A comprehensive survey compiled by the Mo Ibrahim Foundation suggests the quality of education provided by African countries has declined over the past five years.
According to the report, The Ibrahim Index of African Governance, the quality of education and training provided by African countries has worsened since 2014, leaving many of the continent’s growing population of young people ill-prepared to enter the job market, an influential report said on Tuesday.
The study predicted the problem would become more acute as the majority age group in Africa is now 15.
According to report, Quality of education needs to be addressed, aligning education with market needs can also be advanced if governments and partners take a closer look at prioritising active engagement with the private sector, to assess the requirements of the job market.
The Ibrahim Index of African Governance (IIAG), the most comprehensive survey of its kind on the continent, found that on average enrolment and access to education was particularly low in the tertiary sector.
“This has resulted in the burgeoning youth population being faced with increasing struggles when entering the job market,” researchers at the Mo Ibrahim Foundation wrote in an interim update ahead of the full biennial report due to be published next year.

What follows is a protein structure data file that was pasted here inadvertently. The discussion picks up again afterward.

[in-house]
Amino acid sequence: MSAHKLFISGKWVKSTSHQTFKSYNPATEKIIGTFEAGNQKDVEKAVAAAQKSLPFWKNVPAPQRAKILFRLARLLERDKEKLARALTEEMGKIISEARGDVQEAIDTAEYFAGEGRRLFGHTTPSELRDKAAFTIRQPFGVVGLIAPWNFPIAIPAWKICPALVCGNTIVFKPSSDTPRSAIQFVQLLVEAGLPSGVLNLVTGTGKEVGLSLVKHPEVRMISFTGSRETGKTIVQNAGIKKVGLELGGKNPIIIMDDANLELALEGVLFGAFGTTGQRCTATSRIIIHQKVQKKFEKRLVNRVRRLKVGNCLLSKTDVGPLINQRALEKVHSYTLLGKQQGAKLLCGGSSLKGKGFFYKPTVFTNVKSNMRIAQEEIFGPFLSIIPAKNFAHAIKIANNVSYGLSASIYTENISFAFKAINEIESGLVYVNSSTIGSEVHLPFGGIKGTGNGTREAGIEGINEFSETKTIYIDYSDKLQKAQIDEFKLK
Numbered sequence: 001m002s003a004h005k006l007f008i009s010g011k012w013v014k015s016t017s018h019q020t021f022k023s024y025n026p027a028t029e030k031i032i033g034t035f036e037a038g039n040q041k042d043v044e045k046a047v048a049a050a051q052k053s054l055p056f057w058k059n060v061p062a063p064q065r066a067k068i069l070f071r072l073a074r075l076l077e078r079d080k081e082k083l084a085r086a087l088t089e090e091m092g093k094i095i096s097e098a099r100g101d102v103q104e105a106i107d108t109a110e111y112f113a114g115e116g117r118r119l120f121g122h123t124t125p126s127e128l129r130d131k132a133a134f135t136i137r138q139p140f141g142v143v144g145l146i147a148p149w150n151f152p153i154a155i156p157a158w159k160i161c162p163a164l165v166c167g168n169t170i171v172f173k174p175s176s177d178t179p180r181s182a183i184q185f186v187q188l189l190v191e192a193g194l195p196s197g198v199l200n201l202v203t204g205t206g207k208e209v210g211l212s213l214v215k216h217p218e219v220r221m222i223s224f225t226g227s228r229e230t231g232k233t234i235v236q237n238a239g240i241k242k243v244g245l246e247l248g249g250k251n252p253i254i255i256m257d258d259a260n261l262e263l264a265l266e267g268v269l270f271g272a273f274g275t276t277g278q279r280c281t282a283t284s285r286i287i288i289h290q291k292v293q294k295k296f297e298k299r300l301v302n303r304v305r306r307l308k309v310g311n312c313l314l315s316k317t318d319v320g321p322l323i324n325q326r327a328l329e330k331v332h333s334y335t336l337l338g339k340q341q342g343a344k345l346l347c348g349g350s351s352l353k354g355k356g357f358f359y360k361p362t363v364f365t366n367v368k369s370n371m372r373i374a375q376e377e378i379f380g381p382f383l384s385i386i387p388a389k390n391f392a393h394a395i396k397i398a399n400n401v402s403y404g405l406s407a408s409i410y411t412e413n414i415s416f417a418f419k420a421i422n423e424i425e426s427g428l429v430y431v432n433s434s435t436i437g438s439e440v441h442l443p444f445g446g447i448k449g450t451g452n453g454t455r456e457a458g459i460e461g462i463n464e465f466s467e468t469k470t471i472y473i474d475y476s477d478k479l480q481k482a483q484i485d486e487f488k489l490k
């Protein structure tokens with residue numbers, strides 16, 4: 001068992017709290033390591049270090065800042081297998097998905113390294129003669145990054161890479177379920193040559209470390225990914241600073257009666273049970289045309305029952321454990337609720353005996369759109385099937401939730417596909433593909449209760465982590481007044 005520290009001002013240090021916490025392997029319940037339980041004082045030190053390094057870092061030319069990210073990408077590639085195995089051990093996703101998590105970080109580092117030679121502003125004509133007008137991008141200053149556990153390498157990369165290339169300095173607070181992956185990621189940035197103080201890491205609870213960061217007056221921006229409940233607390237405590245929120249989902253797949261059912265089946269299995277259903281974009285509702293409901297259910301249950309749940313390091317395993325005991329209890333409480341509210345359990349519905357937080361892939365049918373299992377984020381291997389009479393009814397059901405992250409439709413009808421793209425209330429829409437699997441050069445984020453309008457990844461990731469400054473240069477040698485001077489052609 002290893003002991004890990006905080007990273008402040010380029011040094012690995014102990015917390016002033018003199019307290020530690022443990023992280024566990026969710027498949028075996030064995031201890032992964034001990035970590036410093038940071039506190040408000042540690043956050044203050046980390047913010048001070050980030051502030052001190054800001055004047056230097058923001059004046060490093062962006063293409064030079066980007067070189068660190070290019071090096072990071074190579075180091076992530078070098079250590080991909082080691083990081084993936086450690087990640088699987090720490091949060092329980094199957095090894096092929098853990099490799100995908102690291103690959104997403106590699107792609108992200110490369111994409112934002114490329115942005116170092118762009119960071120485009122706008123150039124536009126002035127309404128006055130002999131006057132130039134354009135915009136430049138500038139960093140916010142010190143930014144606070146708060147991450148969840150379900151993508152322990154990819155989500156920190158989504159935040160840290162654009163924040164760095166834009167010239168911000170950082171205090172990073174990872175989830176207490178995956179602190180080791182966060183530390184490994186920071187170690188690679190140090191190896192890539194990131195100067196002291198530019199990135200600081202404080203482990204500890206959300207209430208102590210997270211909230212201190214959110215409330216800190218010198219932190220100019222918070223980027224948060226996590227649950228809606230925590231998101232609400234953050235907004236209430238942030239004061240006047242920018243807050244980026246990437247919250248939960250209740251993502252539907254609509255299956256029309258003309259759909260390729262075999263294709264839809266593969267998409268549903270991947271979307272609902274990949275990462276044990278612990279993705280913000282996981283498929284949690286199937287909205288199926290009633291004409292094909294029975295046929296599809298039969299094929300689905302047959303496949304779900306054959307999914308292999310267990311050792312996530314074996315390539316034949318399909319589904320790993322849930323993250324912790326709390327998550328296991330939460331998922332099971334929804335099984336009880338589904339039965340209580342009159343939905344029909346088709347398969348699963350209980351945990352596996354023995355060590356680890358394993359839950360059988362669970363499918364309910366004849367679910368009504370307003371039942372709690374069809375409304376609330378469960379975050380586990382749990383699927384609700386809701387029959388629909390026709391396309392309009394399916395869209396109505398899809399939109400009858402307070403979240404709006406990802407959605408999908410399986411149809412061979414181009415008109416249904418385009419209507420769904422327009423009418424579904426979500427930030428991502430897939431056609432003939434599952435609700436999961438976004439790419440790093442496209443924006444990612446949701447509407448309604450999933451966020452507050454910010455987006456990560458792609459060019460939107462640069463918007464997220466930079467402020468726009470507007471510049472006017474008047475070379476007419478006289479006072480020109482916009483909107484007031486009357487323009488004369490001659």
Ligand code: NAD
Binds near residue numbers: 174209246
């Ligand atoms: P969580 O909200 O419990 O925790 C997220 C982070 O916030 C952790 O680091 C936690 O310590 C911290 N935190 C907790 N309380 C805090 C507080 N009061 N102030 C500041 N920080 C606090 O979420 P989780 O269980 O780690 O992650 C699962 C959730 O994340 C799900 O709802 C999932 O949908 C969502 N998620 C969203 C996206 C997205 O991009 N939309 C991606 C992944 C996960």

“The current pace of progress is going to fall behind demographic needs as the majority age group in Africa now is under-15.”
The report rates 54 African nations against criteria such as security, human rights, economic stability, just laws, free elections, corruption, infrastructure, poverty, health and education.
The IIAG interim report said that while African governments have made some progress in improving infrastructure since 2014, on average they were lagging well behind their ambitions to revamp their economies.
“African governments have on average not managed to translate GDP growth into economic opportunities for citizens,” it said. “Progress since 2014 runs behind the rapidly growing working age population.”
For prosperity and economic opportunity, the report notes that governments and partners should look at diversifying economies, accelerating progress in infrastructure – specifically physical transport, electricity and ICT –increasing investment in the rural sector, and strengthening regional integration, to make efficient progress.